The sun blesses the earth with enough energy in one hour—4.3×1020 joules—to fulfill all of our energy needs for a year (4.1×1020 joules). Its giant bombardment of free and non-carbon-emitting energy has impelled scientists for decades to develop photon-electron converter solar cells that catch sunlight and convert it directly into electricity.
Silicon solar cells are in use since the beginning of the space programme and now dominate the industry, with worldwide shipments of solar products expected to have totaled $41.9 billion in 2016. Silicon solar cell technology has captured 90 per cent of the solar market, but scientists around the world are working to find a way to make them more efficient, affordable, stable and reliable.
The typical silicon wafer solar panel is power rated using sunlight at zenith (climax or high point), which provides a radiance of just over one kilowatt per square metre at sea level. This radiant energy comprises 445 watts of visible light component, 527 watts of IR radiation and 32 watts of UV radiation. Wafer-type silicon solar cells available today can process only visible sunlight. Thus 56 per cent of the available energy to be converted into electricity is unutilised with silicon solar cells.
The pursuit of lower-cost and more efficient solar cells has led to the search of new materials. In the past several years, several emerging photovoltaic technologies were the focus of R&D effort in the academia and industry. These third-generation solar cells do not require custom-made, high-priced, complicated processing equipment, as also expensive silicon or rare earth elements such as indium.
According to National Renewable Energy Laboratory (NREL), which is an international organisation for certification of solar cell efficiency, multicrystalline silicon cells are 21 per cent efficient and expensive, while single-crystal silicon cells have efficiency of around 25 per cent. The highest efficiency of 46 per cent has been recorded for gallium arsenide-based multijunction solar cells but at excessively high cost. The bright CIGS photovoltaic cells are 22.6 per cent efficient. One of the potential application of these solar cells was envisaged for window glasses. Thin films of semitransparent photovoltaic modules used in place of window glasses on a building will allow people inside to see through the window while appearing as tinted glass from the outside.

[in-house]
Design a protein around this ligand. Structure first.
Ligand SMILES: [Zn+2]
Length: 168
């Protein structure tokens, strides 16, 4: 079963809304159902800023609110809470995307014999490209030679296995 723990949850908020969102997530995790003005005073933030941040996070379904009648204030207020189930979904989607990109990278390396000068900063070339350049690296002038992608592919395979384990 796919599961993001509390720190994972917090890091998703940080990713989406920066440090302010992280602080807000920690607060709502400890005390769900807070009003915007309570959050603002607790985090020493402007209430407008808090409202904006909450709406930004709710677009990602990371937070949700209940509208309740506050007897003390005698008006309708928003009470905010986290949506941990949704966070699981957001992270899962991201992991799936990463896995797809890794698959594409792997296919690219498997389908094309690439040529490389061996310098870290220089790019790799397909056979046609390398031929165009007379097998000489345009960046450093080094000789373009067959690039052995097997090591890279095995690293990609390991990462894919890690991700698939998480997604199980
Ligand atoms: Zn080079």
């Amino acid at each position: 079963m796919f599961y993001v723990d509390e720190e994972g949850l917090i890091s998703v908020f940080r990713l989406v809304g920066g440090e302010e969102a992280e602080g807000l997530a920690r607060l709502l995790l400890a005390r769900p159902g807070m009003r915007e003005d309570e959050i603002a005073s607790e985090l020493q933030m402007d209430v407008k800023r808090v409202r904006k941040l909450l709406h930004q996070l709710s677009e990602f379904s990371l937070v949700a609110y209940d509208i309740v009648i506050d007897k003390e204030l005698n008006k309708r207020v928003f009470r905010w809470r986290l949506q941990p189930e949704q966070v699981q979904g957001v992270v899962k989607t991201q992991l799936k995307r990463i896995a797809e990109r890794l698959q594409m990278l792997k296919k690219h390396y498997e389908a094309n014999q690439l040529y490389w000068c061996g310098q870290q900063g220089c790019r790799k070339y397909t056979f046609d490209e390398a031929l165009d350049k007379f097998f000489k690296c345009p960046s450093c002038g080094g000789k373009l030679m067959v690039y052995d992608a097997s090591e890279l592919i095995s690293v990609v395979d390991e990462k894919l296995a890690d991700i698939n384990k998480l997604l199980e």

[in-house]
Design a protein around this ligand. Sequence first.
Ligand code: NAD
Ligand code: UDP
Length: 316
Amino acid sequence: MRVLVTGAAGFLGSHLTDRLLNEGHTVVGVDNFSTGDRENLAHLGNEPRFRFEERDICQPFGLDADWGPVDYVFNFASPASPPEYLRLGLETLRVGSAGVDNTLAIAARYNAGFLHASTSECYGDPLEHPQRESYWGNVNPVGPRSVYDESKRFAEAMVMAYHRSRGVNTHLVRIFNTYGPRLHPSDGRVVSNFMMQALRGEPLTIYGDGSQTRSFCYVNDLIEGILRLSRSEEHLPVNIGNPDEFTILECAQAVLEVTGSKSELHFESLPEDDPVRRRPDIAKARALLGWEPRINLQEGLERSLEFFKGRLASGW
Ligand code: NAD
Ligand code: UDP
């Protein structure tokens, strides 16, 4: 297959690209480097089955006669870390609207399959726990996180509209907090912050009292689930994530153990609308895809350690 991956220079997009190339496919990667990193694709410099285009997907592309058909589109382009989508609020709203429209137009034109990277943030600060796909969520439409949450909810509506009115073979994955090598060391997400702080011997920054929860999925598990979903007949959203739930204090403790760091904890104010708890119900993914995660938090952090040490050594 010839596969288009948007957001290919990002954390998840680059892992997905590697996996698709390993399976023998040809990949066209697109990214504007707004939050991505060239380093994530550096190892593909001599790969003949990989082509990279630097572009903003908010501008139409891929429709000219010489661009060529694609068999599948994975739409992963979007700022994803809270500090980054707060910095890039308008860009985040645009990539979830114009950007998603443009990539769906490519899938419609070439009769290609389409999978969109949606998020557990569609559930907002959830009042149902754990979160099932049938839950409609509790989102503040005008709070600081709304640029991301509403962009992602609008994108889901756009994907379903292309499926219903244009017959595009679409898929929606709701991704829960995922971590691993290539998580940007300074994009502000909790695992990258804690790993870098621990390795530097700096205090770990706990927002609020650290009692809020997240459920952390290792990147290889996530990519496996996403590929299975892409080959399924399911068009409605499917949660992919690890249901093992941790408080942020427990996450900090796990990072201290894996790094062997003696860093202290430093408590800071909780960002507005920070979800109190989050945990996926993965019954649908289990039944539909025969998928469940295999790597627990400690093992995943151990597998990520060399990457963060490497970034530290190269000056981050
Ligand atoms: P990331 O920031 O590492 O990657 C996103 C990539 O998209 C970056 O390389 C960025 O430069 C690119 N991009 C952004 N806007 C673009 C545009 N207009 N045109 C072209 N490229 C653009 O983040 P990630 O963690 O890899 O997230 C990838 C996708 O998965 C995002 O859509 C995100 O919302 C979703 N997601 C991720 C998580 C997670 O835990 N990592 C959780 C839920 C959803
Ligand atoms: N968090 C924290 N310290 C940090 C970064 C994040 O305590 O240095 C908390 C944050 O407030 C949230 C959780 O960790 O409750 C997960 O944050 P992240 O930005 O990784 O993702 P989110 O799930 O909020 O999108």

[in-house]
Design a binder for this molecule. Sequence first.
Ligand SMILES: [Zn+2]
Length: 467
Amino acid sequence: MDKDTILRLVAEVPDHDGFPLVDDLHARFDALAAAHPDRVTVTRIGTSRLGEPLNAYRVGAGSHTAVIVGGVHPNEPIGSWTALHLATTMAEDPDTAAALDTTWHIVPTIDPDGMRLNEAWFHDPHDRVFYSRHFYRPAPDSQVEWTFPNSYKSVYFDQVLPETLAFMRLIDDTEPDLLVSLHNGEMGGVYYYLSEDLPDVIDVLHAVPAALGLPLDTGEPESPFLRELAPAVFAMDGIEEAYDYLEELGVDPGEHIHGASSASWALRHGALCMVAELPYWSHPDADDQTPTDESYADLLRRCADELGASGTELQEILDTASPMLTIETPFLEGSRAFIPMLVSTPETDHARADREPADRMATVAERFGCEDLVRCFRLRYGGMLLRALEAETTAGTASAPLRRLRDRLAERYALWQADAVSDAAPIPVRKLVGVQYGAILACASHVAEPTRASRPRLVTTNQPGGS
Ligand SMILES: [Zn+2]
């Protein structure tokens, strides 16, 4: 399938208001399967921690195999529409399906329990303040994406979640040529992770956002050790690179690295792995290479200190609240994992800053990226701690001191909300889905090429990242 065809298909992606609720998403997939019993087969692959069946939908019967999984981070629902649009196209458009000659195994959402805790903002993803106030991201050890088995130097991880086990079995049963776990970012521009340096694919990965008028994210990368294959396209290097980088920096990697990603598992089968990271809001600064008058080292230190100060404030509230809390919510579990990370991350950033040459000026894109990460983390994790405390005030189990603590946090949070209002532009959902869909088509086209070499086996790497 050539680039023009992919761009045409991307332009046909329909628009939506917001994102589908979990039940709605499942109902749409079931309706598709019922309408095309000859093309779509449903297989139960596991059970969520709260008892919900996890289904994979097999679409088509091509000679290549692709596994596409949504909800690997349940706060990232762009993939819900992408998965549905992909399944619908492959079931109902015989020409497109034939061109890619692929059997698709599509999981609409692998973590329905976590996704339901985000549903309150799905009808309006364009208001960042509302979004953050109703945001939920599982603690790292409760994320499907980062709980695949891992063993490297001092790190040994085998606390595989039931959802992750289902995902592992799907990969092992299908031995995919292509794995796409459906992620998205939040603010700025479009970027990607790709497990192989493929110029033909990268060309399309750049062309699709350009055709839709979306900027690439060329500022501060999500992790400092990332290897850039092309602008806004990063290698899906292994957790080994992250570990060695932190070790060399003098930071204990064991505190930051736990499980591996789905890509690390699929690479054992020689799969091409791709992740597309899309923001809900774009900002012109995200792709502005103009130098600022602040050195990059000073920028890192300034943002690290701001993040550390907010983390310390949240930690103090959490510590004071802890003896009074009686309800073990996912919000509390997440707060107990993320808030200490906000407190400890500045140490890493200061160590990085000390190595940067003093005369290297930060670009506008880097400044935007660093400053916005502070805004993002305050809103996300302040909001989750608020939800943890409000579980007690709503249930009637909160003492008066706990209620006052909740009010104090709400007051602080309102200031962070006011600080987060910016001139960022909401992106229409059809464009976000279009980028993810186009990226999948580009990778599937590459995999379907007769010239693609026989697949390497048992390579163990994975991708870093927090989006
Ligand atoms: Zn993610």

The promising emerging photovoltaic technologies, called third generation PV, are organic photovoltaics, dye-sensitised solar cells, perovskite photovoltaics and inorganic quantum-dot solar cells. Unlike traditional silicon solar cells, these represent transformative technologies with great potential for extremely high-throughput manufacturing at very low cost, low environmental impact, mechanical flexibility and molecular tailorability while using non-toxic, earth-abundant materials with short energy payback times. This makes them suitable for applications beyond rooftop and solar-farm panels. The fundamental advantage of these thin-film technologies comes in the form of the amount of material required for fabrication.
However, the lower price advantage of these emerging photovoltaics is offset by their lower efficiency. The power conversion efficiency (a ratio of light energy in to electrical energy out) of dye-sensitised solar cells, organic photovoltaics and quantum-dot cells today sits at roughly 12 per cent. Hence these emerging photovoltaic technologies are applicable only in niche markets that require light weight, flexibility and variable-angle performance, such as in consumer electronics. Some are still being developed by technology incubators and start-up companies. Thus today photovoltaics market is dominated by silicon-photovoltaics.
The two metrics for evaluating and comparing different photovoltaic technologies, in conjunction with their power conversion efficiency, include:
1. Levelised cost of energy (LCOE)=Total life-cycle cost/energy produced
2. Energy payback time (EPBT) =Energy consumed over the life of the module/Energy generated over its lifetime
Fortunately, these two metrics predict bright future for the new emerging technologies.
Conventional silicon cells require ultra-high-purity silicon—of the order of 99.999 per cent pure. These cells are made using energy-intensive crystal growth and vapour deposition methods. One of the drawbacks of silicon technology that further increases its cost and limits applications is that silicon is indirect band semiconductor, so it doesn’t absorb sunlight strongly. Therefore relatively thick layer of silicon is used in cells, which become brittle and hence have to be supported on a rigid, heavy piece of glass. A silicon solar cell requires 14 steps to manufacture, including preparations requiring the use of high-heat, expensive automation and clean rooms.
In comparison, the new emerging photovoltaic cells are made from low-cost materials, including organic polymers, small molecules and various types of inorganic compounds, and can be fabricated on flexible supports via inexpensive solution-phase techniques common in plastics manufacturing, such as high-speed roll-to-roll printing. In addition, these PV cells use 1000 times less, light-absorbing material than silicon solar cells, which further reduces their cost.
Third-generation solar cells
In organic photovoltaics, bulk heterojunction structure (a mixture of donor and acceptor materials in a bulk device) is most commonly used due to its high efficiency and compatibility with low-cost manufacturing techniques such as inkjet printing, spin coating and roller casting. These PVs are renowned as high-PCE polymer-fullerene solar cells.
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